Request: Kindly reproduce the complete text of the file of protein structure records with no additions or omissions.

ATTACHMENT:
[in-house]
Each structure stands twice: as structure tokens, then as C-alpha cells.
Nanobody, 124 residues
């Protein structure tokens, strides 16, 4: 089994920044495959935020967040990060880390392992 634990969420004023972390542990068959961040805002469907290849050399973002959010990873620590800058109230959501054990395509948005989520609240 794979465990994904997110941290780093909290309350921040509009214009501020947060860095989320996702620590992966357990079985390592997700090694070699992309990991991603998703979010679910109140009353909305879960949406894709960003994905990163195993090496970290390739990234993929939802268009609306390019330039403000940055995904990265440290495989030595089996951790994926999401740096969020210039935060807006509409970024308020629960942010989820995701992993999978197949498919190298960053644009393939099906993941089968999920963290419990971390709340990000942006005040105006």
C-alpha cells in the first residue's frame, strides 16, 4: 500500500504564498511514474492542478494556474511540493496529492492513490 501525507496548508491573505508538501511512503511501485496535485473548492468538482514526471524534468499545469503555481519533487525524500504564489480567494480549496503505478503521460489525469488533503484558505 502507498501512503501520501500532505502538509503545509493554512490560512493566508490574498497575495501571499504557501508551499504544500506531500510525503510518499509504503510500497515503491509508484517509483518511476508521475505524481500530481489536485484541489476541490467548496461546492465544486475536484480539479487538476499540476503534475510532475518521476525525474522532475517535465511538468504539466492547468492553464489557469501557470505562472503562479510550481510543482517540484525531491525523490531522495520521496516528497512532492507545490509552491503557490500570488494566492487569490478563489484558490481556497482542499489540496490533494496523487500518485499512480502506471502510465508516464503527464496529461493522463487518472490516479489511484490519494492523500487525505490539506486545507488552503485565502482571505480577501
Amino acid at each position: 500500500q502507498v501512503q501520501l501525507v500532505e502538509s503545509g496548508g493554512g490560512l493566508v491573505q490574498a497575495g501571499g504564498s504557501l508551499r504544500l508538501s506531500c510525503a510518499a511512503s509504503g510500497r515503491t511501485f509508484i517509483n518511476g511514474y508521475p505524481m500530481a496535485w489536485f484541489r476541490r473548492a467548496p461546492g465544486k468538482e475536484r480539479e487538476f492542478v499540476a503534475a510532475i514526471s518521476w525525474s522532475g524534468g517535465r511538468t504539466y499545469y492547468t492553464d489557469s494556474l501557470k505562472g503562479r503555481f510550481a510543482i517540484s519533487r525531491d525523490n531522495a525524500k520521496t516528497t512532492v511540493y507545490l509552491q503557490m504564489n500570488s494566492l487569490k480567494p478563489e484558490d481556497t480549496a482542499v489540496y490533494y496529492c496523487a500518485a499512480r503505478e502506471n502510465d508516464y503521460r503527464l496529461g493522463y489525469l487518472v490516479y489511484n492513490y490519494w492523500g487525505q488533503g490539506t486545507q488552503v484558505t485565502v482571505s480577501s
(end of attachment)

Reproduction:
[in-house]
Each structure stands twice: as structure tokens, then as C-alpha cells.
Nanobody, 124 residues
């Protein structure tokens, strides 16, 4: 089994920044495959935020967040990060880390392992 634990969420004023972390542990068959961040805002469907290849050399973002959010990873620590800058109230959501054990395509948005989520609240 794979465990994904997110941290780093909290309350921040509009214009501020947060860095989320996702620590992966357990079985390592997700090694070699992309990991991603998703979010679910109140009353909305879960949406894709960003994905990163195993090496970290390739990234993929939802268009609306390019330039403000940055995904990265440290495989030595089996951790994926999401740096969020210039935060807006509409970024308020629960942010989820995701992993999978197949498919190298960053644009393939099906993941089968999920963290419990971390709340990000942006005040105006």
C-alpha cells in the first residue's frame, strides 16, 4: 500500500504564498511514474492542478494556474511540493496529492492513490 501525507496548508491573505508538501511512503511501485496535485473548492468538482514526471524534468499545469503555481519533487525524500504564489480567494480549496503505478503521460489525469488533503484558505 502507498501512503501520501500532505502538509503545509493554512490560512493566508490574498497575495501571499504557501508551499504544500506531500510525503510518499509504503510500497515503491509508484517509483518511476508521475505524481500530481489536485484541489476541490467548496461546492465544486475536484480539479487538476499540476503534475510532475518521476525525474522532475517535465511538468504539466492547468492553464489557469501557470505562472503562479510550481510543482517540484525531491525523490531522495520521496516528497512532492507545490509552491503557490500570488494566492487569490478563489484558490481556497482542499489540496490533494496523487500518485499512480502506471502510465508516464503527464496529461493522463487518472490516479489511484490519494492523500487525505490539506486545507488552503485565502482571505480577501
Amino acid at each position: 500500500q502507498v501512503q501520501l501525507v500532505e502538509s503545509g496548508g493554512g490560512l493566508v491573505q490574498a497575495g501571499g504564498s504557501l508551499r504544500l508538501s506531500c510525503a510518499a511512503s509504503g510500497r515503491t511501485f509508484i517509483n518511476g511514474y508521475p505524481m500530481a496535485w489536485f484541489r476541490r473548492a467548496p461546492g465544486k468538482e475536484r480539479e487538476f492542478v499540476a503534475a510532475i514526471s518521476w525525474s522532475g524534468g517535465r511538468t504539466y499545469y492547468t492553464d489557469s494556474l501557470k505562472g503562479r503555481f510550481a510543482i517540484s519533487r525531491d525523490n531522495a525524500k520521496t516528497t512532492v511540493y507545490l509552491q503557490m504564489n500570488s494566492l487569490k480567494p478563489e484558490d481556497t480549496a482542499v489540496y490533494y496529492c496523487a500518485a499512480r503505478e502506471n502510465d508516464y503521460r503527464l496529461g493522463y489525469l487518472v490516479y489511484n492513490y490519494w492523500g487525505q488533503g490539506t486545507q488552503v484558505t485565502v482571505s480577501s